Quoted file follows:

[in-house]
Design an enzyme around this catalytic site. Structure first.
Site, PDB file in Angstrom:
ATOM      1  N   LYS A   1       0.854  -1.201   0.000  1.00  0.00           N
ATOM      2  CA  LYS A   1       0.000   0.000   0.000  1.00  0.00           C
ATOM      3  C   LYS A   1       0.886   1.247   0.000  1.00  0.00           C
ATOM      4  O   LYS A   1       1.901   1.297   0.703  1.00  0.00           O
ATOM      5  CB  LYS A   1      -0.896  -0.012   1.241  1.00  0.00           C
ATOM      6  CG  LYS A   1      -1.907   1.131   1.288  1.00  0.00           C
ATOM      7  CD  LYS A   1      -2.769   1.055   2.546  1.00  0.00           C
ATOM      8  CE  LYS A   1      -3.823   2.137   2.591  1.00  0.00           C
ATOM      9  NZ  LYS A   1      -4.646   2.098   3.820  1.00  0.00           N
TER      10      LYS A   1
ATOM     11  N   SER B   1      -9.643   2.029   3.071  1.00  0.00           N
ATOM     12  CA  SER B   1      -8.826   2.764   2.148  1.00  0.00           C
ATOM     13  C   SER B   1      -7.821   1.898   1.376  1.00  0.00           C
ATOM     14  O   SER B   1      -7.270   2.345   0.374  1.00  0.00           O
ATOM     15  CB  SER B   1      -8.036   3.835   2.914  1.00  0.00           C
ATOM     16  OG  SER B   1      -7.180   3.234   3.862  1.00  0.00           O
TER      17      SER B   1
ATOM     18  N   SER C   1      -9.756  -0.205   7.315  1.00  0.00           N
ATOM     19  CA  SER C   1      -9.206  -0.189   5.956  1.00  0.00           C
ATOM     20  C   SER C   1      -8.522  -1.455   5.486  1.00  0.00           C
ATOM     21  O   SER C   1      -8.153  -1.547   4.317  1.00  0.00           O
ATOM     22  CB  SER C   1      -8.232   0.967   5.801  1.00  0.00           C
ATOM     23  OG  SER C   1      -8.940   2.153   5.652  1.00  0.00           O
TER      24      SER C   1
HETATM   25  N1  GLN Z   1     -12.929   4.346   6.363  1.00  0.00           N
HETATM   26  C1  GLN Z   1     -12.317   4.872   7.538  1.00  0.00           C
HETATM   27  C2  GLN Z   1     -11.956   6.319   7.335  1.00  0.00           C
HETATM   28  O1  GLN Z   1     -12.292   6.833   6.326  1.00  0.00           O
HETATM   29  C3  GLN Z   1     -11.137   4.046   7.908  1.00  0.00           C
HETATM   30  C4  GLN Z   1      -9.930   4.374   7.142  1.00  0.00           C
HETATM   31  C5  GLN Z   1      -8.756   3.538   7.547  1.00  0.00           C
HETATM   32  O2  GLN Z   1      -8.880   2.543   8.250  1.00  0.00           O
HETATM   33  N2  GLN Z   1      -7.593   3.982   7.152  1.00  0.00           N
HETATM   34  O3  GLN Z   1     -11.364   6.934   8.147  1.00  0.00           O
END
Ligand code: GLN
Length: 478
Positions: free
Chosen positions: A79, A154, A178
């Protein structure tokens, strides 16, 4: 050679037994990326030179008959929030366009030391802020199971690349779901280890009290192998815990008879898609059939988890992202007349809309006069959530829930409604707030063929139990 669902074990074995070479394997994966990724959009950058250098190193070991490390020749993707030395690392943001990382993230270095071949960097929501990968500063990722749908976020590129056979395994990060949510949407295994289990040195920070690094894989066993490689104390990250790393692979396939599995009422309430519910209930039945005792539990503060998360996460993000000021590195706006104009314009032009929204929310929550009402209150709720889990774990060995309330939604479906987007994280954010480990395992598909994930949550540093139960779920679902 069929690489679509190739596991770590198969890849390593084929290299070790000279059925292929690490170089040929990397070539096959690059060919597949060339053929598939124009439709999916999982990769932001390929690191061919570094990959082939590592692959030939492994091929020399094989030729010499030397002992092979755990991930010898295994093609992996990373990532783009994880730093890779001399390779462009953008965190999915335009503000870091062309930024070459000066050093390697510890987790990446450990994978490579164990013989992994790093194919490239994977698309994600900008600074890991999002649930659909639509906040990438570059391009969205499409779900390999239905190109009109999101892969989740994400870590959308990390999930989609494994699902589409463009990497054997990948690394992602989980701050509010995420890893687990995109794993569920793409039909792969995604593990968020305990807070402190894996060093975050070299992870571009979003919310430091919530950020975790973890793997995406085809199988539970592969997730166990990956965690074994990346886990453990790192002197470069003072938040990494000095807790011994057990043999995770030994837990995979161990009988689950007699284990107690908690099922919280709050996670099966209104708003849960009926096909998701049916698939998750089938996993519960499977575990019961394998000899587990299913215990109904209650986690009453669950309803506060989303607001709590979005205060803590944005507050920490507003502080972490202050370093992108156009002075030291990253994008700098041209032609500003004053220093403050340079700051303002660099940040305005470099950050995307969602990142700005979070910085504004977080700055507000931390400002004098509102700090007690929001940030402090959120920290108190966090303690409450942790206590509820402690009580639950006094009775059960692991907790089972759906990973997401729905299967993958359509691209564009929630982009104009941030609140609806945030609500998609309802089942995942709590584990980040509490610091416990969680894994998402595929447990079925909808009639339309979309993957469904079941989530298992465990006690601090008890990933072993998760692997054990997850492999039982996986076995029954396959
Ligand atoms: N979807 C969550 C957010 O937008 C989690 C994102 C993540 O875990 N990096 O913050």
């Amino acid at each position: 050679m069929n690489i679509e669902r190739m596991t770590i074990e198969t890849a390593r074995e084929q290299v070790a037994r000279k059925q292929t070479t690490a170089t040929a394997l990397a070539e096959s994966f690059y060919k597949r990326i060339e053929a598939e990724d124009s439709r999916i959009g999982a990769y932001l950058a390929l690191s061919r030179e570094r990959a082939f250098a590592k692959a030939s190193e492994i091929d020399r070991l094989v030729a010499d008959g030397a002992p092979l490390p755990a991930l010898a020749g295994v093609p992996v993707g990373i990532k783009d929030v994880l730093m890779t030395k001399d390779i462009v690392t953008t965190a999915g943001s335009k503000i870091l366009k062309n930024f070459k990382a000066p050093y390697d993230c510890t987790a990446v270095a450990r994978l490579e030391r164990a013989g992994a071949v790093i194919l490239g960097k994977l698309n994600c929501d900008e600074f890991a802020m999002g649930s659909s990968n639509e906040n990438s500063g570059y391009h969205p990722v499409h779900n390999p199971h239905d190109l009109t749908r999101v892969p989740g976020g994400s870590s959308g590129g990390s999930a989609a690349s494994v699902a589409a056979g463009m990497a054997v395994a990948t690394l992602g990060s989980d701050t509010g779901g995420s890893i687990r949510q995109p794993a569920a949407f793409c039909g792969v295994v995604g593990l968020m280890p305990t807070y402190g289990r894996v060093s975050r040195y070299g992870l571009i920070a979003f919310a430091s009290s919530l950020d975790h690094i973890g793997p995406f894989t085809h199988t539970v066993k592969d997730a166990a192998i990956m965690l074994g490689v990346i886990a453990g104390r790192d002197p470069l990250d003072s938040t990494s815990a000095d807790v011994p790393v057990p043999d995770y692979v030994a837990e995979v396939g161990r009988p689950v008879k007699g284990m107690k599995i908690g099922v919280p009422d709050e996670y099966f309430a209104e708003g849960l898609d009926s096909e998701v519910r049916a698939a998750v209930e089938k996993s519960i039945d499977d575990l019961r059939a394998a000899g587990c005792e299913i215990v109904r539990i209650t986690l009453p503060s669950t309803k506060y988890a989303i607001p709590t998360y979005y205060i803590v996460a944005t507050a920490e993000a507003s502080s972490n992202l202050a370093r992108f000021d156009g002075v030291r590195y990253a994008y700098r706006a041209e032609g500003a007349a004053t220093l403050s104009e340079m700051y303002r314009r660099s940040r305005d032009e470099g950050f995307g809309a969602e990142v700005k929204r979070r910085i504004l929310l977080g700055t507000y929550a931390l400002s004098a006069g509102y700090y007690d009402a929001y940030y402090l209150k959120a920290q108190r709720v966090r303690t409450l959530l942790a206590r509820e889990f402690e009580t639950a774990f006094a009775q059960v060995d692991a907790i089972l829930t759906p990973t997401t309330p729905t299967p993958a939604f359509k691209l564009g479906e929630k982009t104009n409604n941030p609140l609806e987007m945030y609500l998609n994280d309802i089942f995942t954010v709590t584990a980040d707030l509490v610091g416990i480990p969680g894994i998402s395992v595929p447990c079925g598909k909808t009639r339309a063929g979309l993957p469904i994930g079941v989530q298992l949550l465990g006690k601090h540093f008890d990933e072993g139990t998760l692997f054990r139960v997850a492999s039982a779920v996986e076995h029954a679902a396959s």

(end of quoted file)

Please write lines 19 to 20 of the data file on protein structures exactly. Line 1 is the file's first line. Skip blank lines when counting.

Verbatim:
ATOM     16  OG  SER B   1      -7.180   3.234   3.862  1.00  0.00           O
TER      17      SER B   1